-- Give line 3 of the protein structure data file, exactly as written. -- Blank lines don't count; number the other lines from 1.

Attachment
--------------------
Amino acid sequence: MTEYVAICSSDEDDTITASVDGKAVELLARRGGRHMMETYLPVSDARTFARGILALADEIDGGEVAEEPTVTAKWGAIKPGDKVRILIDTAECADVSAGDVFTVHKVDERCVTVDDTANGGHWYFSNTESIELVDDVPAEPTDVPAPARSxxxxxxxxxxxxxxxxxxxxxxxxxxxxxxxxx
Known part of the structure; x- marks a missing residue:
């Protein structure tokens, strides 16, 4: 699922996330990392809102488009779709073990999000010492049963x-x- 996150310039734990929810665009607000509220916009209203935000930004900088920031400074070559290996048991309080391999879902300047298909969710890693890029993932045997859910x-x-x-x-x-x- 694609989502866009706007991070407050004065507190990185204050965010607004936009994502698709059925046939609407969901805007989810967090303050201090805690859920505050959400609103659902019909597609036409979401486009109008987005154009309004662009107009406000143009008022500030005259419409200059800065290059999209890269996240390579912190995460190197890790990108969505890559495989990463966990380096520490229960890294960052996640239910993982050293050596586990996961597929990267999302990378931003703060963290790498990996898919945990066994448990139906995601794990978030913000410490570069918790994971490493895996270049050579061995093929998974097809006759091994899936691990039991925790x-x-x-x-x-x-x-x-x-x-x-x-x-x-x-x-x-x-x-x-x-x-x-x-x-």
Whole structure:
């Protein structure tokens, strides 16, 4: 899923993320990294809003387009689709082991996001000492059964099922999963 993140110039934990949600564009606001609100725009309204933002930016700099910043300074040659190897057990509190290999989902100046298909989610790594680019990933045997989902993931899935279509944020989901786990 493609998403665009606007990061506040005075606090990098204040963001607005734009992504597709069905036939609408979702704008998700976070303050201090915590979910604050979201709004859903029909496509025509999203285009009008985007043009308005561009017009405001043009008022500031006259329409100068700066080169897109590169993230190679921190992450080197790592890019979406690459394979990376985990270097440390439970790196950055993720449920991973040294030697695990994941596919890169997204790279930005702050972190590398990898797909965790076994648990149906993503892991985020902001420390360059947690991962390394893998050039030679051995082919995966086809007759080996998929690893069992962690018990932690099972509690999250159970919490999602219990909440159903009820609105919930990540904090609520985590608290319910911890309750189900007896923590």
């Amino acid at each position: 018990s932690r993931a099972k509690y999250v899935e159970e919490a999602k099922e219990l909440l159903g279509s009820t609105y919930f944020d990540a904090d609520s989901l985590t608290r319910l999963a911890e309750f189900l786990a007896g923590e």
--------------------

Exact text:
């Protein structure tokens, strides 16, 4: 699922996330990392809102488009779709073990999000010492049963x-x- 996150310039734990929810665009607000509220916009209203935000930004900088920031400074070559290996048991309080391999879902300047298909969710890693890029993932045997859910x-x-x-x-x-x- 694609989502866009706007991070407050004065507190990185204050965010607004936009994502698709059925046939609407969901805007989810967090303050201090805690859920505050959400609103659902019909597609036409979401486009109008987005154009309004662009107009406000143009008022500030005259419409200059800065290059999209890269996240390579912190995460190197890790990108969505890559495989990463966990380096520490229960890294960052996640239910993982050293050596586990996961597929990267999302990378931003703060963290790498990996898919945990066994448990139906995601794990978030913000410490570069918790994971490493895996270049050579061995093929998974097809006759091994899936691990039991925790x-x-x-x-x-x-x-x-x-x-x-x-x-x-x-x-x-x-x-x-x-x-x-x-x-």